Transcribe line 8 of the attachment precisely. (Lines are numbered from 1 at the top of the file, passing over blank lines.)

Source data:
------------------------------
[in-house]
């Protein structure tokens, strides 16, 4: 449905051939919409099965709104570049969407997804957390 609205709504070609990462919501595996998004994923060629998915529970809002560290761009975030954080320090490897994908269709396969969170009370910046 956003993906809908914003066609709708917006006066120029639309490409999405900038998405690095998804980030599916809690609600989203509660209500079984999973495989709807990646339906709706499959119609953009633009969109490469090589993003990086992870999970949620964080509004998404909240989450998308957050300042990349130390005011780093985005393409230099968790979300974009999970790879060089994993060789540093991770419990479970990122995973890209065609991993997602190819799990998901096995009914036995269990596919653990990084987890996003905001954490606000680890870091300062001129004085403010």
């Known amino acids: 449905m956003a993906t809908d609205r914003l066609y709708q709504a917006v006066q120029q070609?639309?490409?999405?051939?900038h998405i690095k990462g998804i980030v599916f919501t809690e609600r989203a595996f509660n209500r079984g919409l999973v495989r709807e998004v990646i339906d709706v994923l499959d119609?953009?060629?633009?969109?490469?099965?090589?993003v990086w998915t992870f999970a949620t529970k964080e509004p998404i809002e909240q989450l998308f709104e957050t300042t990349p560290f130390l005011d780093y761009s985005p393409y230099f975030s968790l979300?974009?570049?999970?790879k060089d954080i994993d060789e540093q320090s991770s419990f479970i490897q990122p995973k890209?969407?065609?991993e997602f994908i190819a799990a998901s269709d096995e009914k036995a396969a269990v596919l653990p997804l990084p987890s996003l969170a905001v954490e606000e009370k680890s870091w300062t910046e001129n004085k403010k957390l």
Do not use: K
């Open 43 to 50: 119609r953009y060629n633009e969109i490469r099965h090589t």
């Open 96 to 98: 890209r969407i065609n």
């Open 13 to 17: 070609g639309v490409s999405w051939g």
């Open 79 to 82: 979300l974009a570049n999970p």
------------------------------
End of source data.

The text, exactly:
């Open 79 to 82: 979300l974009a570049n999970p």